Some cat parents think their cats want nothing to do with them, but that’s not the case. If you leave your cat alone for long periods or don’t play or interact with your cat, your cat may just pee on your clothes to get your attention. Make sure to have plenty of cat toys around and engage in play with your kitty.

a cute and funny looking cat
Image By: atticus895, Pixabay

4. Fear/Stress

If you have multiple cats, the cat that’s peeing on your clothes may be being bullied. Maybe the litter box is in a place where your cat doesn’t feel safe with the other cats, and that will make the pile of clothes gathered on the floor or in the laundry basket more enticing. Try setting a box for the fearful kitty in a safe and secure spot where it feels comfortable.

Medical Reasons

5. FLUTD (Feline Lower Urinary Tract Disease)

This condition affects the bladder and the urethra. It can cause an increase in urination frequency, as well as painful urination. With the increased frequency, your cat may pee on your clothes instead of the litter box.

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Image By: thodonal88, Shutterstock

6. Hyperthyroidism

This medical condition also causes an increase in thirst and urinary frequency. Hyperthyroidism is a common disease in cats and can be managed successfully by your veterinarian.

7. Diabetes

Type I diabetes is when the pancreas does not produce enough insulin, meaning that your kitty’s body cannot balance blood sugar or glucose levels. Type II diabetes is the most common in cats. In this condition, a cat’s pancreas produces insulin, but the tissues are unable to use it for glucose metabolism. This is called insulin resistance. In both cases, the result is increased thirst, increased appetite, increased urination, and weight loss.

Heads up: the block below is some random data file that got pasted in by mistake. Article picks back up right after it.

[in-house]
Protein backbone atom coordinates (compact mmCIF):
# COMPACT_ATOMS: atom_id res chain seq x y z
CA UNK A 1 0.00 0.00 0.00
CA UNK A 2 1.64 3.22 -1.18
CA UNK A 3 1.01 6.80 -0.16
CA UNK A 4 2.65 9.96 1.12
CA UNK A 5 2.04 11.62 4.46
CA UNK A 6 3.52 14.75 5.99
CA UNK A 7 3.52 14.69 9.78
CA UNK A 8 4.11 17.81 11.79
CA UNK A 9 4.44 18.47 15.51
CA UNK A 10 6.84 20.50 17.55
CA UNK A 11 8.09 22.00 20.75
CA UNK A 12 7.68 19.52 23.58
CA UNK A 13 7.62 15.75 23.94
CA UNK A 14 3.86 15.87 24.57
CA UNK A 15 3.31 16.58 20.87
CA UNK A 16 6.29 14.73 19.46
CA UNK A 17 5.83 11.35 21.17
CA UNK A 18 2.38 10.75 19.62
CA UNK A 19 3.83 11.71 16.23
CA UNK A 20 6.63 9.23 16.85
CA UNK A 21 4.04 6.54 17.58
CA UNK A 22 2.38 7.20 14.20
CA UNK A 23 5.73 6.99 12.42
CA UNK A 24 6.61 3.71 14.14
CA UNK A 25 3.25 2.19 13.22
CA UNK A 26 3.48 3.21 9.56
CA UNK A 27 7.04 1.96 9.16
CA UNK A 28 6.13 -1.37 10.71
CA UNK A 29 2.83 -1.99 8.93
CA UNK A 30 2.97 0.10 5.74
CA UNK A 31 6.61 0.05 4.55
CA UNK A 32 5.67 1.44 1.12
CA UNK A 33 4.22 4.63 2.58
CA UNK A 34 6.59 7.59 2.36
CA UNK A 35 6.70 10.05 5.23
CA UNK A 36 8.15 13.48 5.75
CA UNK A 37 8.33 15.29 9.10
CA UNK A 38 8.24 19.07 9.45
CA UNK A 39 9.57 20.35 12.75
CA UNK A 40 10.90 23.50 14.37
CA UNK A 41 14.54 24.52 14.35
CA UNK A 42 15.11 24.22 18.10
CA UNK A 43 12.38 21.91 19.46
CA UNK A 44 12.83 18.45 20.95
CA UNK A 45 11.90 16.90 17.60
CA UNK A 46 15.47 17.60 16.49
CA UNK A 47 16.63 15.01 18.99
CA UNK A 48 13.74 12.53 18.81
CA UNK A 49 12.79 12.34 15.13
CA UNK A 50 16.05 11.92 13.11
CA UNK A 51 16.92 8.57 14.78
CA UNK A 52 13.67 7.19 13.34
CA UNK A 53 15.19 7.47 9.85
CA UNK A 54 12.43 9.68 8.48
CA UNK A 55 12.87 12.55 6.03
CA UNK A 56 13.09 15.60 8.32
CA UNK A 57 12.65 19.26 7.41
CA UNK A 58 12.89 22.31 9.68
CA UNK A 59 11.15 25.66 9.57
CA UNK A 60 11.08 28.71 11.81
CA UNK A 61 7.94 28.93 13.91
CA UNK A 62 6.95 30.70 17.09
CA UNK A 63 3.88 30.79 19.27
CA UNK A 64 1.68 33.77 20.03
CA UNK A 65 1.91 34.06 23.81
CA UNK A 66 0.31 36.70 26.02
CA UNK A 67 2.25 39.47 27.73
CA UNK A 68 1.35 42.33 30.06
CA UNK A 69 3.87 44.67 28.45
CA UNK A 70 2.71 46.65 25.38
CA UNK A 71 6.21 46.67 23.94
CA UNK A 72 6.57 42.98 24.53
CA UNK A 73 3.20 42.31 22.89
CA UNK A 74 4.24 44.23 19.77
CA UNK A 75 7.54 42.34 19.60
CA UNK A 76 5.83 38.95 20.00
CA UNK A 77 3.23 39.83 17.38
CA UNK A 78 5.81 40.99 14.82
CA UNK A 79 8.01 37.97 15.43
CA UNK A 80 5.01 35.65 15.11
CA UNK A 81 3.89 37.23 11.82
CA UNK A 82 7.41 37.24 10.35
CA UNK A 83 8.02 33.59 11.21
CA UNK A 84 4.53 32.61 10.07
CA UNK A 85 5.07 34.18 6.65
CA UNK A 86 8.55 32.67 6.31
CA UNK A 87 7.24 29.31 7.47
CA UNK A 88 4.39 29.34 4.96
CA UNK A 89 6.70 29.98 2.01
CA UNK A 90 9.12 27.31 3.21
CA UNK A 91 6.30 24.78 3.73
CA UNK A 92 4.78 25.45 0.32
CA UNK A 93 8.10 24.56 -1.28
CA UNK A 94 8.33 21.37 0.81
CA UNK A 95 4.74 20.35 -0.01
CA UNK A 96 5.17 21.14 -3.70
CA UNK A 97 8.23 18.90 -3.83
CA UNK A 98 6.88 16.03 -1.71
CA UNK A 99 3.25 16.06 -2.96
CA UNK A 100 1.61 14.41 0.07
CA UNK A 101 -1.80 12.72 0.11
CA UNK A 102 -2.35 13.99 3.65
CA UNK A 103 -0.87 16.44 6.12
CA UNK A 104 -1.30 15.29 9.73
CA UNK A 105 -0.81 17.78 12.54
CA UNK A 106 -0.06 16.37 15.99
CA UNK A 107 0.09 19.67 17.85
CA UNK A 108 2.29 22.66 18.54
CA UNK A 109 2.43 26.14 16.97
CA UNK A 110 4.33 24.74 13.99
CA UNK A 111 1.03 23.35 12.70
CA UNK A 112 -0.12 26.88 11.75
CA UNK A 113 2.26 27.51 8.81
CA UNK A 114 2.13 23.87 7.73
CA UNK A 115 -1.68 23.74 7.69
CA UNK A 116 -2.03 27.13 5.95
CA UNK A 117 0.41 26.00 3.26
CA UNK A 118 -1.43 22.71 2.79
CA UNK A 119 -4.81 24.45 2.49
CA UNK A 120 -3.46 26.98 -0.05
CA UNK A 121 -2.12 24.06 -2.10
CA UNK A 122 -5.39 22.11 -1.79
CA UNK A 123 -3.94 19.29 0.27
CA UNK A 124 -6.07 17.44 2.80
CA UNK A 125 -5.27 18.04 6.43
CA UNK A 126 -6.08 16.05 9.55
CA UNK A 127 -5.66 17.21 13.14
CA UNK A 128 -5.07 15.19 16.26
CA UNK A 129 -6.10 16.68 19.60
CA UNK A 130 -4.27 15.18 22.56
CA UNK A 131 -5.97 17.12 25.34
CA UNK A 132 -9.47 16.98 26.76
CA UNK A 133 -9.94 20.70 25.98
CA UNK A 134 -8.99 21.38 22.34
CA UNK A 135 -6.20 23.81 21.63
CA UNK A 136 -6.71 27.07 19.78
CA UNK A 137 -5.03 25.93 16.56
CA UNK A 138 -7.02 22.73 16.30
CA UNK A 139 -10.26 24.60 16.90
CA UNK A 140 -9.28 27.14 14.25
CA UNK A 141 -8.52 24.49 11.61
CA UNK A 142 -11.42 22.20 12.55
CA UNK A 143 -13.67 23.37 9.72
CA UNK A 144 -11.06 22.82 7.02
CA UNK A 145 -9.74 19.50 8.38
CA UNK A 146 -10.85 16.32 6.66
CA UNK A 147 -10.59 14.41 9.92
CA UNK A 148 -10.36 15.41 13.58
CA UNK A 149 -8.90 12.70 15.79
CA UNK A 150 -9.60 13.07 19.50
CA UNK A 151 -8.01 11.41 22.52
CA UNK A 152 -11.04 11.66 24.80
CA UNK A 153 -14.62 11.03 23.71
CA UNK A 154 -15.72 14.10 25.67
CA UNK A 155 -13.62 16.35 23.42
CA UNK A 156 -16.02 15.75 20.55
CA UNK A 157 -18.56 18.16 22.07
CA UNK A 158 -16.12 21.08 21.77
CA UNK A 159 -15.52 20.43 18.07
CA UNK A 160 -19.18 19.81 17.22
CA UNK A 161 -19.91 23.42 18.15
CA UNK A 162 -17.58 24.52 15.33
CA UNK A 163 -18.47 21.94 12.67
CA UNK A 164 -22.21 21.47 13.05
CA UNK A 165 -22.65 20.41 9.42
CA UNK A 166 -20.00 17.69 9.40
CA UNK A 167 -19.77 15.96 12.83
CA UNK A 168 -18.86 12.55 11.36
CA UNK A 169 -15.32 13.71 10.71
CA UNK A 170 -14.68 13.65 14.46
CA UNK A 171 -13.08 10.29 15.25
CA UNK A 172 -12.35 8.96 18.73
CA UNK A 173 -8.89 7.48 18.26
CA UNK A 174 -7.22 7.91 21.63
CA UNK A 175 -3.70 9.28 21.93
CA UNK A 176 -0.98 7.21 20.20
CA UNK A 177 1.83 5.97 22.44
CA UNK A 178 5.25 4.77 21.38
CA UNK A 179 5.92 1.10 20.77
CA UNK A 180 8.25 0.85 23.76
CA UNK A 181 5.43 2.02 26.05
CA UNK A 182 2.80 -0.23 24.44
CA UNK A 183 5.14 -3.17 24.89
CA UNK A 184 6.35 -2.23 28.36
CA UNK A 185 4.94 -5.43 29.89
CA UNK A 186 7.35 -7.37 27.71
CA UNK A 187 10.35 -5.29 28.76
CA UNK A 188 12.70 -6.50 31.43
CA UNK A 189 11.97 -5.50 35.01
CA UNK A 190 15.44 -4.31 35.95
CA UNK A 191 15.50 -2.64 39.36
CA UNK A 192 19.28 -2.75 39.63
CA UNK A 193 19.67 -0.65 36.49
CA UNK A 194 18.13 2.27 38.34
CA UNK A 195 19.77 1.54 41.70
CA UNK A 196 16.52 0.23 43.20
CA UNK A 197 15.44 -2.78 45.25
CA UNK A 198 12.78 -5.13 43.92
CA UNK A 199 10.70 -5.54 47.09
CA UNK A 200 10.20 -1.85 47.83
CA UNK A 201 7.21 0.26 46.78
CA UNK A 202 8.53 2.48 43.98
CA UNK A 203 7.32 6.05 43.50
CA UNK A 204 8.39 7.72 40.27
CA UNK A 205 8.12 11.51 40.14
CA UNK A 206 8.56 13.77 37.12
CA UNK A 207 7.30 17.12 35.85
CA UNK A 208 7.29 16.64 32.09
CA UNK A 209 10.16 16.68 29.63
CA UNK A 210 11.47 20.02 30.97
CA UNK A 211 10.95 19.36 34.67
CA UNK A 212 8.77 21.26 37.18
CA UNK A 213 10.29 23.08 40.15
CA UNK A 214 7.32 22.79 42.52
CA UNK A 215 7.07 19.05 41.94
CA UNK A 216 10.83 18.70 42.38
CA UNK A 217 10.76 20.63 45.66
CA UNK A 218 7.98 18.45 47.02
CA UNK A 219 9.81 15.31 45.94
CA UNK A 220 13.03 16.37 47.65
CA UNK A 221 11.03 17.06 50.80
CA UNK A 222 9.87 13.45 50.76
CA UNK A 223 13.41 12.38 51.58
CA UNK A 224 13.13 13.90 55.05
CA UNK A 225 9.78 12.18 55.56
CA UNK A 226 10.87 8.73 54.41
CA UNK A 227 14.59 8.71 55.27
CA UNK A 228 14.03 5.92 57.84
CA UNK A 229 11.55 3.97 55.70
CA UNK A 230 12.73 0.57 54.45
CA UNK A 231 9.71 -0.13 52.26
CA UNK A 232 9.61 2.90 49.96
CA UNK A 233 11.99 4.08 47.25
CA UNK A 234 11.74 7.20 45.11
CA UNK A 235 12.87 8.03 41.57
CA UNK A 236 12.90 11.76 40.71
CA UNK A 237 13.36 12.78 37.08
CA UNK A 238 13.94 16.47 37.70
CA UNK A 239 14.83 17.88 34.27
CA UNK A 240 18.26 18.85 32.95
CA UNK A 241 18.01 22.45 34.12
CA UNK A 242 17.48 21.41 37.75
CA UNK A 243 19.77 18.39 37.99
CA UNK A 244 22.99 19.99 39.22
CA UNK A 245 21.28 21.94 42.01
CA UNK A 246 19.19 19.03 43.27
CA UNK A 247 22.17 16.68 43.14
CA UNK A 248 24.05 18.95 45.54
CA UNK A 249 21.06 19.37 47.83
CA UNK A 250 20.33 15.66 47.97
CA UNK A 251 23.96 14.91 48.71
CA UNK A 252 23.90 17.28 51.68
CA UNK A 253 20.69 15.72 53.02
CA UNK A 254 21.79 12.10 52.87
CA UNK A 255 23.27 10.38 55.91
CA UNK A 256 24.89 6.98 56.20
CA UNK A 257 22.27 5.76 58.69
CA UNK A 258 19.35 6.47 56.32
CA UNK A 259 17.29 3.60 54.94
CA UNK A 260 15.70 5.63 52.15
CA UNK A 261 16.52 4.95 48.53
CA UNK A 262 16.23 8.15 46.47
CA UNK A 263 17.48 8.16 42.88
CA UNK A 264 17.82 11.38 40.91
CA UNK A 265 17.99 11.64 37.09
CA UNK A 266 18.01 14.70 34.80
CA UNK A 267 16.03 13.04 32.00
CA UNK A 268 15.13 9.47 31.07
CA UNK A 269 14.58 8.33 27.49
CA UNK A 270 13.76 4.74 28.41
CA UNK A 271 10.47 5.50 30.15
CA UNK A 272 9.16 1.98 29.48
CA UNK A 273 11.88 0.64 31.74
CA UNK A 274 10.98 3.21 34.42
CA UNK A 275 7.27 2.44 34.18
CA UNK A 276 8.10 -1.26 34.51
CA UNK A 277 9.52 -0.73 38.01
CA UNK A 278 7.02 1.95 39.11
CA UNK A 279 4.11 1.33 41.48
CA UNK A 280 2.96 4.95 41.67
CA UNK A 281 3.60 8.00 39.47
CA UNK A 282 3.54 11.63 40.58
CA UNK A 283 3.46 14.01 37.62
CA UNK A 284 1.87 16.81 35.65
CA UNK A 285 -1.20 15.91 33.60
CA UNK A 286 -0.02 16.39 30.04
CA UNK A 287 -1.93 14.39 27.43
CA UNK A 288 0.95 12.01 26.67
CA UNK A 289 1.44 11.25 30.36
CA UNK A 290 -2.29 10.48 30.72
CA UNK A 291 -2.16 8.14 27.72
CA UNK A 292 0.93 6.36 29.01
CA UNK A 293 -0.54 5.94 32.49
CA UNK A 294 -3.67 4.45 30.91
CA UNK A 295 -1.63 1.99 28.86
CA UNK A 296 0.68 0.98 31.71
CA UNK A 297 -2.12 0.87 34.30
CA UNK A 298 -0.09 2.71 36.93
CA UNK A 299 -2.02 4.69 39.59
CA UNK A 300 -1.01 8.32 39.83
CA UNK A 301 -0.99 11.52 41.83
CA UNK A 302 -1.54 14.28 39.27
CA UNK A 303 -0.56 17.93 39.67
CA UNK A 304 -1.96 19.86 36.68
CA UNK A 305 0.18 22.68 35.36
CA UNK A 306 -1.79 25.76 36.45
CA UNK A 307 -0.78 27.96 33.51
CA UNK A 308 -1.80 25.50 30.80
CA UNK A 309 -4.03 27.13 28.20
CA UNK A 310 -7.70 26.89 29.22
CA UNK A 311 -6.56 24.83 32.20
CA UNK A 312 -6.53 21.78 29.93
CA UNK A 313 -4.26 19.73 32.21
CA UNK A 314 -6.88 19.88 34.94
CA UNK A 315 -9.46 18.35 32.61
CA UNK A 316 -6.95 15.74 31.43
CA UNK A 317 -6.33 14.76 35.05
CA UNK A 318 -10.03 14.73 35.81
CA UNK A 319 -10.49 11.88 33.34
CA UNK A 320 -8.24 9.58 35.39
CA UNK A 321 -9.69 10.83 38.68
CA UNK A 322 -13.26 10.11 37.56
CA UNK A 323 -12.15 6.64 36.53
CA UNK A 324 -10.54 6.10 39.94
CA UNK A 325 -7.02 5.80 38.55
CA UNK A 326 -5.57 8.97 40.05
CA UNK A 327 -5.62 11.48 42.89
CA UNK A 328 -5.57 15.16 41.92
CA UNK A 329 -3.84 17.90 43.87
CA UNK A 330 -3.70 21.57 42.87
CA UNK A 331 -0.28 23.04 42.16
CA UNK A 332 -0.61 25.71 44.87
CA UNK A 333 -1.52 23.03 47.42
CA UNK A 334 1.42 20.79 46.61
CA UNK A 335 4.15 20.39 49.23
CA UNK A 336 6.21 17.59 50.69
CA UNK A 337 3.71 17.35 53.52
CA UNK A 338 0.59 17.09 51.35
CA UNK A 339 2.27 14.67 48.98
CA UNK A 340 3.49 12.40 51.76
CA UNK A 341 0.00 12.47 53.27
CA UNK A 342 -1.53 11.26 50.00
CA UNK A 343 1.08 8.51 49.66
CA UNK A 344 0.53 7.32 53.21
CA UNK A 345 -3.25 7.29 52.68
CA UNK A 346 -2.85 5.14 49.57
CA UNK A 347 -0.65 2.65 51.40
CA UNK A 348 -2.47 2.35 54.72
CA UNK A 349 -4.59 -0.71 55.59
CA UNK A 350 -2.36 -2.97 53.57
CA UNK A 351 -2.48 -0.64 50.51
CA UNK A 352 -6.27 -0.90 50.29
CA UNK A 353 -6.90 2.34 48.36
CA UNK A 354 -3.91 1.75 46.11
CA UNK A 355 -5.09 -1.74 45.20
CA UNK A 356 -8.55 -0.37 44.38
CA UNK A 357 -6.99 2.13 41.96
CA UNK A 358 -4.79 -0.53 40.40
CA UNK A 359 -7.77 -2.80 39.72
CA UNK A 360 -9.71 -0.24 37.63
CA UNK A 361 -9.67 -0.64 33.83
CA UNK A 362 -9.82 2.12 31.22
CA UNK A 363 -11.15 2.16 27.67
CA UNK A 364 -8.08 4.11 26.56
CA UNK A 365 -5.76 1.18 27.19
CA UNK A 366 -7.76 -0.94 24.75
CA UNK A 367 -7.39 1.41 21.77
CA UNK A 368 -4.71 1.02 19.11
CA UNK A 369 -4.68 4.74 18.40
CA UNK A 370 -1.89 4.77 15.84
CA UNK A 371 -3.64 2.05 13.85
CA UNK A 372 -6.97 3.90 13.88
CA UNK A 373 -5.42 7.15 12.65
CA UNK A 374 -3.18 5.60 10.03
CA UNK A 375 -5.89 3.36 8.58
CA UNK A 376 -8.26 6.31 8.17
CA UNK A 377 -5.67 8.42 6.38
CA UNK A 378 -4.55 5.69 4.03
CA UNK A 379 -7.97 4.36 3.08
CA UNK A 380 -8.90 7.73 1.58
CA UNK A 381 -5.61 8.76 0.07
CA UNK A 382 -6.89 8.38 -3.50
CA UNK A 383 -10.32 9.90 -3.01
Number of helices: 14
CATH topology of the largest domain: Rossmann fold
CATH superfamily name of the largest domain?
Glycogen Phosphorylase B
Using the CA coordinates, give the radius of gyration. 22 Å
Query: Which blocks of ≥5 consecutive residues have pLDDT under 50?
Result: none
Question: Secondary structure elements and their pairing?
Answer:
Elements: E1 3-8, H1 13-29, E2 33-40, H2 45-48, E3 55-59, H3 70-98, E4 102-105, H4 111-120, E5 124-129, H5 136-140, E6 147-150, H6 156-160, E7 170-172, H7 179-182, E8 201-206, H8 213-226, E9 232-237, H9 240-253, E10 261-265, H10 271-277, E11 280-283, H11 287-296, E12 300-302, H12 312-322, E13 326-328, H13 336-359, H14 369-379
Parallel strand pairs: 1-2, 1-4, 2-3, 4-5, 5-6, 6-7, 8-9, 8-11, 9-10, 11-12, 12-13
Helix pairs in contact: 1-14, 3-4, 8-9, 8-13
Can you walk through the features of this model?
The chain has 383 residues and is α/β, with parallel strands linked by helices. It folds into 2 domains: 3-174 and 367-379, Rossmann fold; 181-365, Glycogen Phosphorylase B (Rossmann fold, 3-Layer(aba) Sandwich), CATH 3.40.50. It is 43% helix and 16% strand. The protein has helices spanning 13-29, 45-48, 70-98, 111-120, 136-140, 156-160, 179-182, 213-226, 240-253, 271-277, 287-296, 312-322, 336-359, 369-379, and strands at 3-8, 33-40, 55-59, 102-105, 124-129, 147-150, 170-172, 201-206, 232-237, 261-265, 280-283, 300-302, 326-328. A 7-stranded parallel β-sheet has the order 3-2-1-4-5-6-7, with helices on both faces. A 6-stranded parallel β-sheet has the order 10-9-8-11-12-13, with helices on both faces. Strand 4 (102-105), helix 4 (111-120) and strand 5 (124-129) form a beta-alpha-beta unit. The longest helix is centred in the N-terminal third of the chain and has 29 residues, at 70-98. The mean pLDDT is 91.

ragdoll cat being checked by the vet
Image By: Tatyana Vyc, Shutterstock

8. Bladder Stones

These stones are collections of crystals and minerals that form in the bladder. Along with frequent urination, other signs of bladder stones are pain when trying to pee, blood in the urine, or genital licking.

9. Kidney Disease

Kidney disease causes frequent, diluted urination. Other signs of kidney disease are loss of appetite, bad breath, lethargy, and pale gums.

snowshoe cat being checked by vet
Image By: Yuliya Alekseeva, Shutterstock


How To Remedy The Behavior

First and foremost, if your cat is urinating on your clothes, have your veterinarian do an examination to rule out any medical conditions that may be causing the issue. If it is a medical condition, your vet can determine the best course of action to treat your kitty.

If a behavioral problem is the culprit, try engaging in play with your cats individually, especially if you have more than one cat in the home. And make sure you clean the litter box daily. Also, avoid hoods and liners in the litter box because they may make your cat uncomfortable when using it.

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divider-cat Conclusion

When your cat is peeing on your clothes, try not to get too discouraged because there are remedies if the problem is behavioral. Remember first to rule out any medical conditions that may be causing the issue. You may also want to consider spaying/neutering your cat to help stop your cat from peeing on your clothes as a marking behavior.